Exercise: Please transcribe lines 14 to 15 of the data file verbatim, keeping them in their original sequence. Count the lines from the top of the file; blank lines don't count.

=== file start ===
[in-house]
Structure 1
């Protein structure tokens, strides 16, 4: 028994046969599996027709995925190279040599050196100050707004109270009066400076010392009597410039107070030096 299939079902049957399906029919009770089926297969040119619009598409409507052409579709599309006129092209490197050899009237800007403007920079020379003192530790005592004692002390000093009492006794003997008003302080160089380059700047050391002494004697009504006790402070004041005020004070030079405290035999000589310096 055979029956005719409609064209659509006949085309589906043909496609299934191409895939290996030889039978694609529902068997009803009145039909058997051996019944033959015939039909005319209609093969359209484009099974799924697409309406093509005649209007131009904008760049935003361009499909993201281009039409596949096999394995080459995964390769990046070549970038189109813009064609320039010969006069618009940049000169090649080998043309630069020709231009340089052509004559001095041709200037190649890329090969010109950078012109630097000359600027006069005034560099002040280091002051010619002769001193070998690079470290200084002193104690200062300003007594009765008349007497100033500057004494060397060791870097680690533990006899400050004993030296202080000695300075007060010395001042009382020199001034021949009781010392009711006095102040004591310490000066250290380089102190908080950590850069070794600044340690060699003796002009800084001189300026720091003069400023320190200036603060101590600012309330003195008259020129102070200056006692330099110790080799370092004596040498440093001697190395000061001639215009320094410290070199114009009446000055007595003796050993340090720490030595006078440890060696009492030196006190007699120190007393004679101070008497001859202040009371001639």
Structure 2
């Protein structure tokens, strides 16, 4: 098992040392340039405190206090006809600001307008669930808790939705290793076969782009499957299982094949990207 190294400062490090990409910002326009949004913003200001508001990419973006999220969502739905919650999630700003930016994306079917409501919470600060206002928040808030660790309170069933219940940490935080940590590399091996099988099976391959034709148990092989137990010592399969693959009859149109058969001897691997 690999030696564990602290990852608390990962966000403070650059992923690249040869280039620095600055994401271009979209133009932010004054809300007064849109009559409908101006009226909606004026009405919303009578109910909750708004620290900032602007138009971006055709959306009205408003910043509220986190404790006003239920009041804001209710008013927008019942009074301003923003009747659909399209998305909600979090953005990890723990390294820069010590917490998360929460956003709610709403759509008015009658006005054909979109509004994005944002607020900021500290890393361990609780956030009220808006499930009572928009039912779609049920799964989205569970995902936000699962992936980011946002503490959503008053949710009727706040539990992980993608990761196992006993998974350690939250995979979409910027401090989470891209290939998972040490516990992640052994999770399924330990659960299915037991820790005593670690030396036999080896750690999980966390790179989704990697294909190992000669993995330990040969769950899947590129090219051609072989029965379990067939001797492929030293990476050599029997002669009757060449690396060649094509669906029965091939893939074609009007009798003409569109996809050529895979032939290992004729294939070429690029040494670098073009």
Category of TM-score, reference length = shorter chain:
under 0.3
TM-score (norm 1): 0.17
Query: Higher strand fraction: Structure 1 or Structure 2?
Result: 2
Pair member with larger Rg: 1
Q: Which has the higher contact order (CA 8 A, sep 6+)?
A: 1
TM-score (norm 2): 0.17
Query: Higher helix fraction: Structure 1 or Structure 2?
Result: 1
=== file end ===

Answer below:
TM-score (norm 2): 0.17
Query: Higher helix fraction: Structure 1 or Structure 2?